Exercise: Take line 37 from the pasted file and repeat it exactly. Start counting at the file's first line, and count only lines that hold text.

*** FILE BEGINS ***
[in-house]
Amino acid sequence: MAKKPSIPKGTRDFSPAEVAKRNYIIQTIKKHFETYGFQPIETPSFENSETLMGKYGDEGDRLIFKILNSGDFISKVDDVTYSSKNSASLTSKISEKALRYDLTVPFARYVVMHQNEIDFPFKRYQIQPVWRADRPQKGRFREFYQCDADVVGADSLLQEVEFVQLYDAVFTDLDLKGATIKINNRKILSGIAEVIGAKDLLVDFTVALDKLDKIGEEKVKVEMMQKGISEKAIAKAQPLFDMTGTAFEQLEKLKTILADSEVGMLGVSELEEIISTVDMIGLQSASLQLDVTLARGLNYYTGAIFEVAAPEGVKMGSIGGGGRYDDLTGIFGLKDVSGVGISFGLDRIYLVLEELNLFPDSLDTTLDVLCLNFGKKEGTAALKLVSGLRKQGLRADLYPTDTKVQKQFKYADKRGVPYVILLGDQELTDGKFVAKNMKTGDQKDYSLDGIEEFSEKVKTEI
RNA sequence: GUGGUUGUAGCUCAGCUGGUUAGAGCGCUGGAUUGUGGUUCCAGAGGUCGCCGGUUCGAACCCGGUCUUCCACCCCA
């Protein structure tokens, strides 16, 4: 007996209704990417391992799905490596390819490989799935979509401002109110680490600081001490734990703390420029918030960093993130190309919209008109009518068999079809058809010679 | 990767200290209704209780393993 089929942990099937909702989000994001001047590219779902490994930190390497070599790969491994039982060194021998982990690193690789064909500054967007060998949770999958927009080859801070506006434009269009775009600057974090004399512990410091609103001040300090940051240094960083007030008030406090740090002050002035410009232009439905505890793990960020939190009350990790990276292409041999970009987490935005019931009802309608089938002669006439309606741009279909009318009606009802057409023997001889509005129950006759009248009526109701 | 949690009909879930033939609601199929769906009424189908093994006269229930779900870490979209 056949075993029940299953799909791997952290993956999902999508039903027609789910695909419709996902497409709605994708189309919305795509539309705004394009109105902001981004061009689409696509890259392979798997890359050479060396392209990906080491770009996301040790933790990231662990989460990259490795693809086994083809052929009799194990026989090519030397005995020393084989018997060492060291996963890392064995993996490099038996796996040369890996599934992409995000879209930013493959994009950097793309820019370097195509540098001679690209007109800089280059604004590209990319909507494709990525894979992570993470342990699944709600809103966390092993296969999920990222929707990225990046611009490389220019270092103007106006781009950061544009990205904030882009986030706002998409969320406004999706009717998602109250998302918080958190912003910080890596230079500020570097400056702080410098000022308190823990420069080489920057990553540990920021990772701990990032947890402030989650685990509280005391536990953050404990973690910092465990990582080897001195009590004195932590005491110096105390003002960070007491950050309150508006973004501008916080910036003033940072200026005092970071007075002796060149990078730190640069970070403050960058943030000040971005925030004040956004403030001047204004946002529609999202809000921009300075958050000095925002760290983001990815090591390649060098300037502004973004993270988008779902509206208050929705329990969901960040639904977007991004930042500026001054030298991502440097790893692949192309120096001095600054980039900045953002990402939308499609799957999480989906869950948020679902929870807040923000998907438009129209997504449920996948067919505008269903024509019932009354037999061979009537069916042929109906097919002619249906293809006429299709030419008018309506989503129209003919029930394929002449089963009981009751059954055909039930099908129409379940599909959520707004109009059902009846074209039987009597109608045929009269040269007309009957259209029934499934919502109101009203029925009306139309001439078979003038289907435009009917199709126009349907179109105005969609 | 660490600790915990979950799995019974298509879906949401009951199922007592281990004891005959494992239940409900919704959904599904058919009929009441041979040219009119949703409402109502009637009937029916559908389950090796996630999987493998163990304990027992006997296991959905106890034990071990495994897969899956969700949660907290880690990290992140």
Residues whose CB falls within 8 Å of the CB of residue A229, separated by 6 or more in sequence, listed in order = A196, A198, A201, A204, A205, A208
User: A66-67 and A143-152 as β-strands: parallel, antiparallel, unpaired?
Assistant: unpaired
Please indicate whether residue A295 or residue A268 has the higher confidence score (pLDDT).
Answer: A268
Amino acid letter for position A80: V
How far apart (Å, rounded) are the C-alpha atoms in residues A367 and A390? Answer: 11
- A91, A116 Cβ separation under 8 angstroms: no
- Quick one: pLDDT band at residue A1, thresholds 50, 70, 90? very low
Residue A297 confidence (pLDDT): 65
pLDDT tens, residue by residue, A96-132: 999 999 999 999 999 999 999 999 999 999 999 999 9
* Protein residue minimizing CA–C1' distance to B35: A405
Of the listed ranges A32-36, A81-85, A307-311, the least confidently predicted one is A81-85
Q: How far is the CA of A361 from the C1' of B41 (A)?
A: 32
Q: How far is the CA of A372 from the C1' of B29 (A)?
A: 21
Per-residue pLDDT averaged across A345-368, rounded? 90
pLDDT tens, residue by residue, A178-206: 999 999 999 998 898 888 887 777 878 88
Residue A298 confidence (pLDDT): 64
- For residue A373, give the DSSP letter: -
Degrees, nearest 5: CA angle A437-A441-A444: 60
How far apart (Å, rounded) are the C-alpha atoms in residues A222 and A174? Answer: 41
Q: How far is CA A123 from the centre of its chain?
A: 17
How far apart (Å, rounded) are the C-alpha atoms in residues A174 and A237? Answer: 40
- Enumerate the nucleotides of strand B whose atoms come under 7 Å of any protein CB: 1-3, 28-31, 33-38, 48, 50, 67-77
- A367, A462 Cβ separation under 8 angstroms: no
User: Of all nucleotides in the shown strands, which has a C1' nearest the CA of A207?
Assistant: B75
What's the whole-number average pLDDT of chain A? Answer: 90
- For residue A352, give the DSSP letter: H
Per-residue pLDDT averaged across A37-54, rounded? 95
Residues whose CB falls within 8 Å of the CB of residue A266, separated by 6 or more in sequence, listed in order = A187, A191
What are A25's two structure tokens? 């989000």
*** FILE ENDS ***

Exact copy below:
Per-residue pLDDT averaged across A37-54, rounded? 95